My annual update of the piece I wrote for Veterans Day and why we shouldn’t forget its original commemoration.
Anyone who went to war will have their own personal sacrifice to live with, if they were fortunate enough to live through it in the first place. One does not have to serve in a front line unit to end up in harm’s way, but only the veterans who served in actual combat know the full measure of such service. And yet, we can all know that such events give good reason to mark the end of wars, lest we forget what happens in them.
That fact has never been more important than right now…
Amazing detail created out of Rubber for the D-Day Landings
Utah Beach down the individual house
On June 4th, 1944, the day before the original date set for D-Day, a 27 year-old U.S. naval officer stood before this Top Secret three-dimensional relief map and nervously briefed the top brass of the allied armies, on the upcoming seaboard assault at the Normandy coastal areas code named Utah. His audience included British Field Marshall Montgomery, commander of the entire sea and land assault (Operation Neptune), and American General General Eisenhower, Supreme Allied Commander for the European Theater of Operations.
At that the time it was a brand new technology, created in secrecy and kept that way until after the war had ended. Made at Camp Bradford, Virginia, and completed less than three days before it was flown to England, it was derived from stereo photos taken from reconnaissance planes. The map then went aboard ship after that first briefing, where it was used to instruct of the U.S. 4th Infantry Division that would be making the assault.
That officer was Charles Lee Burwell. He held onto the map and in later years donated it to the Library of Congress. He is quoted as saying he felt it was an important technology, because the 3D aspect of the map allowed soldiers to better know where they were going and what they should expect to see there, in terms of buildings, trees, and hedgerows.
The map consists of two halves, each 4 feet square, made of rubber on top of foam. The numbers on the map correspond with other more traditional maps developed for the invasion. Up close, it reveals tide lines, slope of the beach, buildings beyond the beach, and the location of anti-landing craft hazards known as Czech hedgehogs. The depth of the water is represented by bathymetric tints and the color of the land was approximated from black white photos.
With Extreme Prejudice
This traditional map is code named Bigot, which was the highest level of secrecy possible. Many thousands of lives depended upon the success of the operation – millions in fact, if one considers those suffering and dying under Nazi occupation. Like the rubber map, this tactical map was created in two sections. This one shows the extreme left of the Utah Beach area, but it includes the actual invasion location.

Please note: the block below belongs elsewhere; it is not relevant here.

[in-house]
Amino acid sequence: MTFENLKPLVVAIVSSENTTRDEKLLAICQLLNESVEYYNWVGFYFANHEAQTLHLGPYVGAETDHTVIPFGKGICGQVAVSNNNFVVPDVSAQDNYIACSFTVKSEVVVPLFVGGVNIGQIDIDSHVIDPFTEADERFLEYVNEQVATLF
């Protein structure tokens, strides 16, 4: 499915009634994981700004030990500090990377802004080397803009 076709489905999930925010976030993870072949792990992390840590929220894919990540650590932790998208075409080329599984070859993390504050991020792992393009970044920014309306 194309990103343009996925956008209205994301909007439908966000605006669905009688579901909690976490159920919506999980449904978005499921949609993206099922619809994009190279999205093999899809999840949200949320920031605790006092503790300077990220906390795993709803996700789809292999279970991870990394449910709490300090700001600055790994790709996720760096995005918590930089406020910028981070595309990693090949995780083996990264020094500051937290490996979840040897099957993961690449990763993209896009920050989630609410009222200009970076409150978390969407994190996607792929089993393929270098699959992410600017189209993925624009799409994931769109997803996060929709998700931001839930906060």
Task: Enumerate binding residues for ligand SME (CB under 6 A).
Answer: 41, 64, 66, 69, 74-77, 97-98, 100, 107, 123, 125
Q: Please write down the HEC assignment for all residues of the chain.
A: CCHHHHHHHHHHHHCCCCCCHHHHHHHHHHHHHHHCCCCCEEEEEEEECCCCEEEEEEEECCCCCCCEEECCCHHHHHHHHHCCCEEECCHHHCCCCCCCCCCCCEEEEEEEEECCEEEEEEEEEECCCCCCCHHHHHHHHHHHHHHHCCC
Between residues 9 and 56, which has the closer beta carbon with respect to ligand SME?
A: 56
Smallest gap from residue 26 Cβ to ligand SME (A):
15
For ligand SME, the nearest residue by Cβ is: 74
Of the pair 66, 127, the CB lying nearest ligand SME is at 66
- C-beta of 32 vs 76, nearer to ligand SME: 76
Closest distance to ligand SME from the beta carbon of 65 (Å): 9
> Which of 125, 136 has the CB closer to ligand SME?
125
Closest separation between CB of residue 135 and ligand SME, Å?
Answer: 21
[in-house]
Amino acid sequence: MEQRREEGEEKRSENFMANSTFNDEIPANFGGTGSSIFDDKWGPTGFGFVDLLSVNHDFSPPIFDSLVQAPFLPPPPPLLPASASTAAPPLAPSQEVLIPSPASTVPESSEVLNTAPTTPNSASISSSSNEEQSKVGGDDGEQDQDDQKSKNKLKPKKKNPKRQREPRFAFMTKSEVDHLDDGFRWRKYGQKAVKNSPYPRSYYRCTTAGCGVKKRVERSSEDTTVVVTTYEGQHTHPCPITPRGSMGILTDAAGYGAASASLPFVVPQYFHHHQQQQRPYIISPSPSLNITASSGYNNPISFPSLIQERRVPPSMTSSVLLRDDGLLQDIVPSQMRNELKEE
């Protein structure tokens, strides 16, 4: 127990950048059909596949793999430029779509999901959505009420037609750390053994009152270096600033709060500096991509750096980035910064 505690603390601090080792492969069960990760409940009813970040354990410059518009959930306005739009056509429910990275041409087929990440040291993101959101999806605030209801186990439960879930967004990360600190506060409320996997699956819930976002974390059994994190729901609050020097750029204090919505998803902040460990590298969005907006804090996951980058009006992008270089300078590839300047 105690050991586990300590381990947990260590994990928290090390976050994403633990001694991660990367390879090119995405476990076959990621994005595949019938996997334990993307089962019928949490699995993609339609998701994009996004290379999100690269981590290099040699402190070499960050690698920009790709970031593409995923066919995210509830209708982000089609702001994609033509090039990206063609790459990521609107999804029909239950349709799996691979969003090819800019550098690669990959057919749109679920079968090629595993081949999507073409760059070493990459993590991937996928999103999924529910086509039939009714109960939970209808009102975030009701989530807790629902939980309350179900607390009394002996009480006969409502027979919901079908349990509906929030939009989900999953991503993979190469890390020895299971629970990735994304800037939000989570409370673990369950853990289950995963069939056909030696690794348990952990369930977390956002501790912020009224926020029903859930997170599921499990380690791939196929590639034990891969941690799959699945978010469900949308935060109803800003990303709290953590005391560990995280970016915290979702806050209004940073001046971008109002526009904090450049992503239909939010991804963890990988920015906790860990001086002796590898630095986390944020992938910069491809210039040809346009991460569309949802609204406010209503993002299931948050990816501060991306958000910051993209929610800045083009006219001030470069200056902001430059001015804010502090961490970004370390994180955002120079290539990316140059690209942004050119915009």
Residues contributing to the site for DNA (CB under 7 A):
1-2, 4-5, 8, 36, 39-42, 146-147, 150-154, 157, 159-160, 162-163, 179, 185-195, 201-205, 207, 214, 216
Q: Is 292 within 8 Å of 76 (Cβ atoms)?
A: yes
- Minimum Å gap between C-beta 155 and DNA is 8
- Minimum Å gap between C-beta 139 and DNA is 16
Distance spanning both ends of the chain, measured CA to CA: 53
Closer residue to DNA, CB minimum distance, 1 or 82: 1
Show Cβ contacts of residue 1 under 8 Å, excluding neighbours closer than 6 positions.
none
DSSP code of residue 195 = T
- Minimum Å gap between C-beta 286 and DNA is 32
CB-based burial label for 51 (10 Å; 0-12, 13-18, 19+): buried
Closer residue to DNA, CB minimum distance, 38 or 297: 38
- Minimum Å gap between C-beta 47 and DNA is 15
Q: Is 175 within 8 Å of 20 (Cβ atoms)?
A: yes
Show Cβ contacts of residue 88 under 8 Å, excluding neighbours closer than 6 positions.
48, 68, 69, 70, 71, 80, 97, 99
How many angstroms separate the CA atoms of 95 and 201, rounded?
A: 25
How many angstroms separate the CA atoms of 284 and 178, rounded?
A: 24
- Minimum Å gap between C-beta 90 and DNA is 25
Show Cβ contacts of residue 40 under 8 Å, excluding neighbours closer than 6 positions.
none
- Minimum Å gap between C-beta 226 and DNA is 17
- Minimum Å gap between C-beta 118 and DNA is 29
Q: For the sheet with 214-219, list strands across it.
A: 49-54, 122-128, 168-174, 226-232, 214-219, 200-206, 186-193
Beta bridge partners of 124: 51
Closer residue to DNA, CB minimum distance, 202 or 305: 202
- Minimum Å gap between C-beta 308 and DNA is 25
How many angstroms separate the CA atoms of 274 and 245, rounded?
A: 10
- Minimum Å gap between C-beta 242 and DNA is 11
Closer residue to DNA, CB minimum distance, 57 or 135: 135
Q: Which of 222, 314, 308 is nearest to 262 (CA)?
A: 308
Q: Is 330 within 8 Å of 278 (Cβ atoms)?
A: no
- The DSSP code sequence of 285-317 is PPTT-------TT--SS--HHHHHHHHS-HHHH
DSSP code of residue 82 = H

This detail below shows photographic representations of the waterline view of the coast represented on the map. These photos would have been taken from midget submarines with a crew of two, and sometimes four men, at great risk to their lives. These British sailors were among the relatively unknown heroes of D-day.
A Wrong Turn with Destiny
The small inland hamlet of La Madeleine is pictured to the left of the Utah landing areas, code named Uncle Red and Tare Green (designated as Red Beach and Green Beach in the map above.) But the strong tidal currents forced the landing craft more and more eastward, so they actually landed at le Grande Dune on that fateful morning.
Although the First Wave arrived in the wrong place, their commanding officer, Deputy Division Commander, U.S. 4th Division, Brigadier General Theodore Roosevelt Jr., famously decided to start the war from there, and reinforcements were directed to land at his location. This inadvertently saved many lives, as first assault waves would have encountered greater and more deadly resistance had they landed where intended.
Not that they were not subjected to genuine peril. General Roosevelt was put in for the Distinguished Service Cross for his gallantry on D-Day. He lied about his poor health to insure he would be allowed to lead the First Wave, and then repeatedly led troop concentrations off the beach and toward their various objectives, while often under heavy fire from mortars and small arms. After he suffered a fatal heart attack in July, while still in the field, his decoration was upgraded, and he received the Congressional Medal of Honor, posthumously.
Here is an overlay I created, with a strategic map for the 8th Infantry Regiment, U.S. 4th Division, superimposed over the rubber map from 1944.
Time in BDST (British Double Summer Time) and relative to H-Hour
H – 05:42
Paratroopers of the 101st Airborne Division are dropped inland, around Sainte-Mère-Église. Drops continued 00:48 – 01:40.
H – 04:39
Paratroopers of the 82nd Airborne Division are dropped inland, around Sainte-Mère-Église. Drops continued 01:51 – 02:42. These airborne drops were followed by glider landings with support troops and anti-tank guns.
H – 02:00
A raiding party armed only with knives swims ashore at Îles Saint-Marcouf, 6.5 kilometers off the coast, to silence the anticipated German observation post before it can raise an alarm over the approaching invasion fleet. However, it turned out to be unoccupied.